Wednesday, March 25, 2009
Another of my old plants in need of finding another clone. This plant was from Tarrington Exotics (Rudolf Schultz), Australia before his retirement. For some strange reason Euphorbia lophogona is rarely ever offered nowadays. In the early 1990s and 2000s, it was frequently offered in C&S catalogues. Like fashion, what is popular will soon be passe. So remember to hang on to old fashion plants like blue chips and be ready to cash in one day. Last week when i was in Southern Taiwan, i managed to get a seedling of E. lophogona from a hobbyist poysean hybridizer. Most of the large cyathophylls "poysean" has E. lophogona in its very mixed genes.
Sunday, March 15, 2009
This is one of the Somalian carallumas that Ernest Specks had stocked in his 2008 catalogue. I was pleasantly surprised that it flowered earlier in February during the dry and windy weather. Most of my carallumas (C. retrospeciens) give a terminal ball of flowers, and i was expecting the same for this species. It gives a long thin stick of spaced terminal inflorescence similar to a well known Indian species C. stalagmifera. The flowers are really very small, perhaps 1 cm across and extremely delicate. Any insects that can work on its pollination is probably an order of magnitude smaller! For size, i have a stray kalanchoe longiflora (right) for comparison below:
Thursday, March 12, 2009
Another one of the oldies in my collection. Had it probably almost close to 10 years. I got it as Dorstenia horwoodii from AridLand East before Mike Massara went on to set up his own Out of Africa Plants nursery. Many "summers" and "winters" pass with a new flush of silvery green leaves turning to autumnal golden before they shed. The plant is monoecious; the stigma and stamens offset but a short period to avoid selfing. Interestingly when the plant was younger, there numerous seed set were none viable. For the last few years, they become viable with many true to parent-form seedlings despite having only 1 specimen or clone.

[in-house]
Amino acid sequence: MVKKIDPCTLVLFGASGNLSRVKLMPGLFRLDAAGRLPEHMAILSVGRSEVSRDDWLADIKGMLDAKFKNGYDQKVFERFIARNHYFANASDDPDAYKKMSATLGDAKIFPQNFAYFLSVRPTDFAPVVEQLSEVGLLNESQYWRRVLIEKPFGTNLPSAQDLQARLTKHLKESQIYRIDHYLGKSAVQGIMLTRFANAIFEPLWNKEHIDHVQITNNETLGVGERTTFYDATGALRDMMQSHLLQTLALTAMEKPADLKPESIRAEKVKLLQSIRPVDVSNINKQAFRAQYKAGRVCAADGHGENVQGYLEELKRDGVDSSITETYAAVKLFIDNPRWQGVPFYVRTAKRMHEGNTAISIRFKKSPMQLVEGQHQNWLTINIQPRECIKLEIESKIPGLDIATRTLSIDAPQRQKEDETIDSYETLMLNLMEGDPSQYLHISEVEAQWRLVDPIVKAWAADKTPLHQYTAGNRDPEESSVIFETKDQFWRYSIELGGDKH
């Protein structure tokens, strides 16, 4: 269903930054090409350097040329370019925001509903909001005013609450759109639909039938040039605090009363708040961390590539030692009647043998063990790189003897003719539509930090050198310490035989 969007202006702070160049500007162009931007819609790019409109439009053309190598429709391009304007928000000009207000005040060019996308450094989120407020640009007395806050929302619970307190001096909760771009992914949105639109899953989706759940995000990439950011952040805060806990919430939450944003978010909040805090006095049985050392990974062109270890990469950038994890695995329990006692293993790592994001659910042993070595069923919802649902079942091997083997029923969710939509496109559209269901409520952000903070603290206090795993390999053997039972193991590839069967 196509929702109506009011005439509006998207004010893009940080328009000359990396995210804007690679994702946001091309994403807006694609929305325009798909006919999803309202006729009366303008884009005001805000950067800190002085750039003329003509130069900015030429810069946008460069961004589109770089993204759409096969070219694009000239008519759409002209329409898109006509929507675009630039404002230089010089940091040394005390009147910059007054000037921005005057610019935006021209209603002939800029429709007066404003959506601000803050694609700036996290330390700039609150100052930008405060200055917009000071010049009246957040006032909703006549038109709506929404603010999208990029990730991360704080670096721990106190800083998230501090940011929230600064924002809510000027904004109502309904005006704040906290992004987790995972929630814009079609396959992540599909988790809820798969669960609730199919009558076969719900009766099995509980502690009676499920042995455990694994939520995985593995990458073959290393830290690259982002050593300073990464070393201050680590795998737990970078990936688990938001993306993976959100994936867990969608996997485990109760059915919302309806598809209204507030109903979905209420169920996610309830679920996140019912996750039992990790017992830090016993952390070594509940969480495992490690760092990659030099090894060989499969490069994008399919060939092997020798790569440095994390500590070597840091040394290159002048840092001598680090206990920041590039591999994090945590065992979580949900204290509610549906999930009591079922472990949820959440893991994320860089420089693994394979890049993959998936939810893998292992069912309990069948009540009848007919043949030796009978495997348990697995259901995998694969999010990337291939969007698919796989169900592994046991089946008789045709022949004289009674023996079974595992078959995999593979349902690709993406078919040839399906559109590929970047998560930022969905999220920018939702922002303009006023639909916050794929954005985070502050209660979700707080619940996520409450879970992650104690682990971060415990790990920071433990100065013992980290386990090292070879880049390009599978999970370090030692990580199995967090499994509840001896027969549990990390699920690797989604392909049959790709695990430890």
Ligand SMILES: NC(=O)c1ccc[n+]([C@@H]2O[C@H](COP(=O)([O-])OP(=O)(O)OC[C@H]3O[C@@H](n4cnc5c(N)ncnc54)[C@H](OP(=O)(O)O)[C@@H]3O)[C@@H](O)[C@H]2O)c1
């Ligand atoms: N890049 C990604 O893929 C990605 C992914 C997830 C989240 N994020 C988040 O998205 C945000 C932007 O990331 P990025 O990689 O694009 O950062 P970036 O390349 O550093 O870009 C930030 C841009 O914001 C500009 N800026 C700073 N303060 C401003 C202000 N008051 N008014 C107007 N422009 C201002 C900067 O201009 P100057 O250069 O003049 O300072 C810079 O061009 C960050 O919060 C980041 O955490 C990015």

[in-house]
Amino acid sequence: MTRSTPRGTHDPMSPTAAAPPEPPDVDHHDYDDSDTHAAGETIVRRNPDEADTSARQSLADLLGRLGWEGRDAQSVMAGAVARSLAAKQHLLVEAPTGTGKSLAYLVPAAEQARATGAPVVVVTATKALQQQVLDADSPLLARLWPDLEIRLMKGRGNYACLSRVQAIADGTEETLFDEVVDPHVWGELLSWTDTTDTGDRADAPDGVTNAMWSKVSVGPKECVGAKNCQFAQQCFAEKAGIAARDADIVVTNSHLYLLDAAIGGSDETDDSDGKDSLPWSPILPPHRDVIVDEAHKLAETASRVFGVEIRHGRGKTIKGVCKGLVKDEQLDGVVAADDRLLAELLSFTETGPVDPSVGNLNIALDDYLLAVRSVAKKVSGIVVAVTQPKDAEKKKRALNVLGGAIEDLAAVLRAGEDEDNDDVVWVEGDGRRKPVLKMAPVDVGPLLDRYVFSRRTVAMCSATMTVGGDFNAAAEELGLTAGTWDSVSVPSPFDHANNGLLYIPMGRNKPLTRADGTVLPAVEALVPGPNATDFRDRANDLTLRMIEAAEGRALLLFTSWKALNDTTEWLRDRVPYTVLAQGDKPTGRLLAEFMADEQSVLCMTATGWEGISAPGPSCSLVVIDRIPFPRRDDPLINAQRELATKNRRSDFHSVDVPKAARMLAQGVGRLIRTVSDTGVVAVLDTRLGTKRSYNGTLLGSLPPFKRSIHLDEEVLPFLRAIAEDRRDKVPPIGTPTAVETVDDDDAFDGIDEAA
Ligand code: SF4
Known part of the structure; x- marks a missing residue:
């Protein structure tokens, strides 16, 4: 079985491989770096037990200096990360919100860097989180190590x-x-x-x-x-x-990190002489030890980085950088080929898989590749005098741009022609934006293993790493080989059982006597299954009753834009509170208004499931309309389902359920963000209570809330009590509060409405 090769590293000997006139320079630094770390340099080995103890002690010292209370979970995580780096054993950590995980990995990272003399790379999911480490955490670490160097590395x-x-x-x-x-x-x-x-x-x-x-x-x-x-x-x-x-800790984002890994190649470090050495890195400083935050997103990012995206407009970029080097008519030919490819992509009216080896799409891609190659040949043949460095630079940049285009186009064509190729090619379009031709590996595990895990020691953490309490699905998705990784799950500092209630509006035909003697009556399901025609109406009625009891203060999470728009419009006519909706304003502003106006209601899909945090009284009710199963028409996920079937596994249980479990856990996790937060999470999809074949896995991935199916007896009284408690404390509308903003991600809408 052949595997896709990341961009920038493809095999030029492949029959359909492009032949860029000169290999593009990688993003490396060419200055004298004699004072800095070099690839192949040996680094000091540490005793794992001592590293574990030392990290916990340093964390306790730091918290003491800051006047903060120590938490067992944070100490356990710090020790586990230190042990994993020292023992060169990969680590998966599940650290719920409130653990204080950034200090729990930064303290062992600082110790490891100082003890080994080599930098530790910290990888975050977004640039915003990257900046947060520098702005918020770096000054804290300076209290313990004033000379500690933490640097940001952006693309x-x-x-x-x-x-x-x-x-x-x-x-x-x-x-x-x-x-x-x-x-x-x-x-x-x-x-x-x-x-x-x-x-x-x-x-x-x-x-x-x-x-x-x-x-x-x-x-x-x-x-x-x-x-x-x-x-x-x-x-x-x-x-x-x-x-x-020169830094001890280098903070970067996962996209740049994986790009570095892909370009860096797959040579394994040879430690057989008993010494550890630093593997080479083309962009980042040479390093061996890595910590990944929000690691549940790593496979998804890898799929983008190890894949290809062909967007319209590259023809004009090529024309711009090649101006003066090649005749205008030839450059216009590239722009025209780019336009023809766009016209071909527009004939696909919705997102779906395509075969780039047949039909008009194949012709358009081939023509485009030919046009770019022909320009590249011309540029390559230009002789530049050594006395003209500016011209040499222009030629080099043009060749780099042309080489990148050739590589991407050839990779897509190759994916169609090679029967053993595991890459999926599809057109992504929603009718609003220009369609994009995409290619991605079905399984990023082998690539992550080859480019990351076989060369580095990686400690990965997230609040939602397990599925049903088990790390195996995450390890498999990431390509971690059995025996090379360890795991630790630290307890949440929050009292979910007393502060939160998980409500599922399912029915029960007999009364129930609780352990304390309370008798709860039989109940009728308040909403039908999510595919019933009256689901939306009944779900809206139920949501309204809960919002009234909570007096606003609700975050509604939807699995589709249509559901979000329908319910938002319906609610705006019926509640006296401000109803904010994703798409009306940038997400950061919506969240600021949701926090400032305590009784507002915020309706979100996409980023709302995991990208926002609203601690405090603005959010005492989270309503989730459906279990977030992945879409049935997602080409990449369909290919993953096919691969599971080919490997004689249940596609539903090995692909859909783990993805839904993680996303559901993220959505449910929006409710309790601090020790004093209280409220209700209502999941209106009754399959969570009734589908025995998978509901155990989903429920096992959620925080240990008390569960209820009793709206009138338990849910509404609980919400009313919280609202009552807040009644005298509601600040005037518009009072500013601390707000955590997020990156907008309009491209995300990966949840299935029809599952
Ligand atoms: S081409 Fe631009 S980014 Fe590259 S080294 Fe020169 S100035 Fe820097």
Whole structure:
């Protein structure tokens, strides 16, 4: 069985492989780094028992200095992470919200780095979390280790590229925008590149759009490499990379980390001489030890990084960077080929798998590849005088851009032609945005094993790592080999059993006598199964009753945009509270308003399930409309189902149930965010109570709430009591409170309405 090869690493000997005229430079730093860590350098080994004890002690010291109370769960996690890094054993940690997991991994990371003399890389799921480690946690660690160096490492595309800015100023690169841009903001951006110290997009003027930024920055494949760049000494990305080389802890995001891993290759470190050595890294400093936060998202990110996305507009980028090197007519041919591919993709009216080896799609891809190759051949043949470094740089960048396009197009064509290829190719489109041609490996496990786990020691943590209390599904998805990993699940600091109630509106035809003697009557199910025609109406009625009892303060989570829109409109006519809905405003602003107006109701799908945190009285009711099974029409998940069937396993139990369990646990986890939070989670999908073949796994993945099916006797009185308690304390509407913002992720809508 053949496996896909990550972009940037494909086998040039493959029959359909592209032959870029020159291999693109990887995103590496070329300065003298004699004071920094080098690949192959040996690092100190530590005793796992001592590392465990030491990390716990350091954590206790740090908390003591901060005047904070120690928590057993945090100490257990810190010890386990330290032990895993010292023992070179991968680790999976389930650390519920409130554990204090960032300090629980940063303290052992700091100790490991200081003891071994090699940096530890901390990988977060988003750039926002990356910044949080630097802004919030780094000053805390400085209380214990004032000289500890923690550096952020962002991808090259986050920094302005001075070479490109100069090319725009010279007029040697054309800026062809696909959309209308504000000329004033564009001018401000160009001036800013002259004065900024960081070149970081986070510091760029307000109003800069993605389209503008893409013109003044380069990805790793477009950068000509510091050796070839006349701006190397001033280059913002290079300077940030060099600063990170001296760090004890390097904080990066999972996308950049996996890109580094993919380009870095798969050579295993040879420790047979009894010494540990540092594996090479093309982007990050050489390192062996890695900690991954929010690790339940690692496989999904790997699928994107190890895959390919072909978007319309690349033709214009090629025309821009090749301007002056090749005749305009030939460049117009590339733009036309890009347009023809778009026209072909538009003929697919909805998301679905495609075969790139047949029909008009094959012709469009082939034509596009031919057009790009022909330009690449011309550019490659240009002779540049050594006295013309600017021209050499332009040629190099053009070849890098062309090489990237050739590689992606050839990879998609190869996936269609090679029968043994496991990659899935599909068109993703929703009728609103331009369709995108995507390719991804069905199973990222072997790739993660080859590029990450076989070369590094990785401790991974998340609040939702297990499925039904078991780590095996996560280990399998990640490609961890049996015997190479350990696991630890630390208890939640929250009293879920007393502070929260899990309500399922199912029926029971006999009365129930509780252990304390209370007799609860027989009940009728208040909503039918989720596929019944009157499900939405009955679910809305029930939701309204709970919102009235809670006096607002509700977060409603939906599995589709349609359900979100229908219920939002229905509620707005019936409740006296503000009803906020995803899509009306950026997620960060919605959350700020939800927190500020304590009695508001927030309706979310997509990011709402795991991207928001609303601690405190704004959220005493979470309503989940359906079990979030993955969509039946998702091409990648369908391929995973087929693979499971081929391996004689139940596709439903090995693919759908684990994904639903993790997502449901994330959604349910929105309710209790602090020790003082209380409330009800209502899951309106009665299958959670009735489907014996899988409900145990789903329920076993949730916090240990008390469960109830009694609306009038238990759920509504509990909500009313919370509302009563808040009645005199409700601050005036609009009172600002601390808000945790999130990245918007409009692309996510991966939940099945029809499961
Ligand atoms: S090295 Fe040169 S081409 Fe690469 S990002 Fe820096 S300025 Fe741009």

This species was collect by Frank Horwood in Somalia and hence the species name. There are opinions now that it should be considered to one variation of the D. foetida species complex. As a gardener and hobbyist, it is probably easier to remember a short name vs D. foetida (syn D. horwoodii.. ). Under tropical conditions subjected to similar cultivation treatment D. foetida grows as an annual or bi-annual while D. horwoodii remains strongly perennial.